Should Lehman’s be buying from China?

Posted by Galen Lehman, President, Lehman’s

A great struggle for me is what to do about merchandise that is made in China.
At Lehman’s, we have had a simple policy: We will not displace a USA vendor with a Chinese vendor. But what started out as a simple concept turned out not to be so simple.

Problem #1
Last week my sister Glenda passed a customer in our Kidron store who was holding a piece of American-made pottery. As she passed, she distinctly heard him say, “$18?! I can buy this for half that price at Wal-mart. She knows our products well enough to know for sure that the Wal-mart version was made in China.

What should we do when people accuse Lehman’s of having a high price because we carry American-made products?

Here’s an example: We know you can find a Chinese copy of this USA made camper’s axe for less than $20 at Ace Hardware We also know that the Ace Hardware version is significantly lower quality. Which would you buy?

Problem #2
Recently we received a sample product from a Chinese company. It looked just like an American-made item we carry now. Because of our policy of protecting American vendors, we put the item on a pile of rejected samples that is in our warehouse. A couple weeks later, it was spotted there by one of our telephone customer service representatives, Mark Sutter. He immediately pointed out to me that it had some design improvements that solved customer complaints he had heard about the USA version. Should we protect USA vendors even when we think they are making a low quality product?

Problem #3
There are whole swaths of the American economy that have been decimated by imports. In many product lines, there simply isn’t a single USA manufacturer (that we know of). Here’s some examples:

Balloon Boat

Sometimes, we carry two versions of the same item, one that is Chinese and one that is American. For example, we carry two toy balloon boats, one that is made by a local Amish woodworker and one that is made in China.

When we carry both the USA-made and imported version of an item, the USA-made version usually sells better. This holds true even though the USA-made version is usually more expensive.

I’d love to hear your responses to these challenges. At Lehman’s, we like to do what our customers want us to do. Do you want USA made items at any price? Would you buy an imported item if you knew it was higher quality than the USA version? Which is best, high quality (at a high price) or quality that is lower but may still be acceptable (at a lower price)?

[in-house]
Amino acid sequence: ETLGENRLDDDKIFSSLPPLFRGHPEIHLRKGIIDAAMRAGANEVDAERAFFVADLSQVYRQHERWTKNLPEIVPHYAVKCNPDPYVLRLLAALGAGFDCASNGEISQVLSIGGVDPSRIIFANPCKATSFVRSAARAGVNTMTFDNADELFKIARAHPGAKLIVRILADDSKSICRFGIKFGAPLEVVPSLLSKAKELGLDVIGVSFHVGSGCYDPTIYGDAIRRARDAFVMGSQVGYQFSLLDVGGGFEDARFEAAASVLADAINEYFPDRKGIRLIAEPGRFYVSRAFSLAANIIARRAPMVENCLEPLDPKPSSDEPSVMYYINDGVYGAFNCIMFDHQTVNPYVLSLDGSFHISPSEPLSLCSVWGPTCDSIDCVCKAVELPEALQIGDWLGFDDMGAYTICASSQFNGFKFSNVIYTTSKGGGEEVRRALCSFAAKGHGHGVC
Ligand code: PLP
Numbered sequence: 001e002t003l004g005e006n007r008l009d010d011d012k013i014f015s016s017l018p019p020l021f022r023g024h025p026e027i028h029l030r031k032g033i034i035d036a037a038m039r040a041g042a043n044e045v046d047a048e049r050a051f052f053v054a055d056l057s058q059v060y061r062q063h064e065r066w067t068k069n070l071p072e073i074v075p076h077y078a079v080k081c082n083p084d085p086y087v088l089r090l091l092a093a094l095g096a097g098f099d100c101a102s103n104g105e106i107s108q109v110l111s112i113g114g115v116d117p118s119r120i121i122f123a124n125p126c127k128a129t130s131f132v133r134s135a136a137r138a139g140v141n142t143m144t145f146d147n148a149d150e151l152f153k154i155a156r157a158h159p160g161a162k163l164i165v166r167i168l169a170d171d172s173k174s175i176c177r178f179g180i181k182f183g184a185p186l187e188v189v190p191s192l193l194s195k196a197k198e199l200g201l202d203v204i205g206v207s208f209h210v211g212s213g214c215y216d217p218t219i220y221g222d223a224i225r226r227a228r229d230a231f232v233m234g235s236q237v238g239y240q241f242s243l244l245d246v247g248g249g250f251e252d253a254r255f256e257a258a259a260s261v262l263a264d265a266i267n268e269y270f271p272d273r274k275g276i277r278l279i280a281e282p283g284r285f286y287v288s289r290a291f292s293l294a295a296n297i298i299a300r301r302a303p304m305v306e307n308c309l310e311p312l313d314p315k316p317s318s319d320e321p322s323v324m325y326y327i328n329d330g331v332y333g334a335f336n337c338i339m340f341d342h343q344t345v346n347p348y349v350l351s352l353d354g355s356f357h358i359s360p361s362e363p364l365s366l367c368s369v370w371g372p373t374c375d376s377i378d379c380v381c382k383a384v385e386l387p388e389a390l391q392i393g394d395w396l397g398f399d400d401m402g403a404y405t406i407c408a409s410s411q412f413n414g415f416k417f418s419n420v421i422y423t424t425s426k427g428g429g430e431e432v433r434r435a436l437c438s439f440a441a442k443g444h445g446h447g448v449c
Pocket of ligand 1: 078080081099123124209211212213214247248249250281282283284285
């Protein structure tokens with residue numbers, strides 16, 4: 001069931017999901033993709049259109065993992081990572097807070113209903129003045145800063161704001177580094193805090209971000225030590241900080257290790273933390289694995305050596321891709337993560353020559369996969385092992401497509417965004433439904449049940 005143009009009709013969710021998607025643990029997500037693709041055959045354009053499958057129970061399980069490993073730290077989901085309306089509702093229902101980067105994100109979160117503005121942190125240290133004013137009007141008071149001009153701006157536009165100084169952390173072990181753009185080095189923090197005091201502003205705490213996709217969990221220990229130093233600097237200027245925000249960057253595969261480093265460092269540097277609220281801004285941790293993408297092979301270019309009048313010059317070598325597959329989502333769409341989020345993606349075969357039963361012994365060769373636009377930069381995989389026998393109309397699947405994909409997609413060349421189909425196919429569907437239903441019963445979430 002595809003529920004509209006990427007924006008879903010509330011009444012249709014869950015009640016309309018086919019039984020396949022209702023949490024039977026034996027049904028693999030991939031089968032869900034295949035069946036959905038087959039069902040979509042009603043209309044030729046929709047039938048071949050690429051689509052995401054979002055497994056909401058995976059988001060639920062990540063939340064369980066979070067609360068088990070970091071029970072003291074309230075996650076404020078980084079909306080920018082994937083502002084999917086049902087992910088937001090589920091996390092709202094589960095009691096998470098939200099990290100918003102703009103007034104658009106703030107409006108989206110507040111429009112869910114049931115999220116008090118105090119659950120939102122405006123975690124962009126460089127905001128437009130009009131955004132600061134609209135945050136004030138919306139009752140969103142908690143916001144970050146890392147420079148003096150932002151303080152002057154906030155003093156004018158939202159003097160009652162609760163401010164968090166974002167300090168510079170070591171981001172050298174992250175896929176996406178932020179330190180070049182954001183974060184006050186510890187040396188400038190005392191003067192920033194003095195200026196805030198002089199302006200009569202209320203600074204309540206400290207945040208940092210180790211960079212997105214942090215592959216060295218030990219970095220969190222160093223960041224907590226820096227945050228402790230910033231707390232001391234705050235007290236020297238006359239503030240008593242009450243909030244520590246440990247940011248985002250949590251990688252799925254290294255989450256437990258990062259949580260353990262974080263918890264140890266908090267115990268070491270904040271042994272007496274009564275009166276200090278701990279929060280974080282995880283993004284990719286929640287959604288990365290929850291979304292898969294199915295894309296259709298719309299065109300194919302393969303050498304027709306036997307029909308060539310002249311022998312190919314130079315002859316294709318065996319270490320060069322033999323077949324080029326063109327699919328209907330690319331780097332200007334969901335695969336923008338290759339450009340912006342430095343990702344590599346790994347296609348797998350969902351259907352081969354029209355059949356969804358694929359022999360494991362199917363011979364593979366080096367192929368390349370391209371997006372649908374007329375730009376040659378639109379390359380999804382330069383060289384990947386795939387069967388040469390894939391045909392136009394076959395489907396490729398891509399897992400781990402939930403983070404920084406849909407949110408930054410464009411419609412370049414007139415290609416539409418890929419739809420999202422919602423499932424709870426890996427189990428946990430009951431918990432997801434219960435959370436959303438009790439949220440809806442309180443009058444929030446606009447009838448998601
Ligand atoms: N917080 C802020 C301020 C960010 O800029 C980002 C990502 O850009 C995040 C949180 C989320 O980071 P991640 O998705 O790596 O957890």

Thanks!
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Galen Lehman

About Galen Lehman

Lehman's CEO and son of founder Jay Lehman. Homesteads on five acres. Believes in a Simpler Life...rewarding relationships, fresh, local (preferably homegown) food and the gratification of hard work. Plant a tree!

9 thoughts on “Should Lehman’s be buying from China?

  1. It’s a tough call isn’t it? Speaking for myself, on one hand I want to be frugal, and on the other I don’t want junk. Sometimes its brand recognition. For instance, Do I want a “Snow and Neally” axe or a “Shandong Pangu Tool co.” (real company) axe? In the case of the Snow & Neally axe, it becomes trickier… A quick call to S & N this morning and I now know that the axe head starts in China and is finished here in Maine. What that exactly entails I didn’t completly catch but it was something like, forged in China, tempered and edged here in Maine. The handle of course is American Hickory.
    I know I would prefer to just purchase American made products but that’s not realistic. I think it comes down to making informed purchases and buying for what your needs are.

  2. I was surprised to hear that part of the Snow and Neally “USA-made” axe was made in China.

    So, I called the manufacturer myself, who reported that the “raw forgings” are made in China to their specific quality specifications. All of the subsequent manufacturing steps (tempering, assembly, sharpening, etc) are done in the USA.

    They told me that they cannot find a USA foundry to make the type of casting (or “forging”) that they need. It seems that all the ones they know about have been put out of business by Chinese competition. (They appealed to me to help them find a USA foundry that can do this. If you know of one, let me know!)

    In addition, because of high import duties (apparently imposed too late to help US foundries), the Chinese castings cost about the same as they used to cost when USA-made.

    What a tragic state of affairs!

    For me, there were three conclusions:

    1) It reinforces my earlier comment that imports have destroyed entire categories of US manufacturing.
    2) The whole question of whether Lehman’s should sell imported items doesn’t have a clear answer when “USA made” can’t be clearly defined.
    3) Even though part of our “USA Made” axe is imported, I stand by the fact that it is higher quality than the Chinese version.

    Maybe the best solution for Lehman’s is simply to focus on quality and ignore the country of origin. What do you think?

  3. I don’t know the answer to the quandary about buying quality whether it’s American or not, but I appreciate your effort to offer American made products. Imports may be cheaper, but they cost more in the long run, regardless of quality. The loss of jobs hurts us all.

    You said, “What should we do when people accuse Lehman’s of having a high price because we carry American-made products?”

    I think you should shrug it off and keep on offering quality American products. Not everyone will agree that’s the best way to go (that’s what makes America what it is), but you can’t please everyone all the time, no matter how hard you try. Better to please those who come looking for quality goods with a realistic price for that quality.

    I agree that imports have caused serious damage to our manufacturing base and it’s painful to see.

  4. Free trade… fair trade… these are large issues.

    On the one hand, I believe in open, free trade, let the best product win. On the other hand, I think we as consumers have a responsibility to not support totalitarian regimes with our purchases. Unlike a union steel worker in the U.S., the Chinese steel worker can’t bargain for better working conditions or higher wages. The Chinese worker can go to prison for professing Christianity, which, in my personal view, is another reason not to support Chinese products, and, thereby, the Chinese government.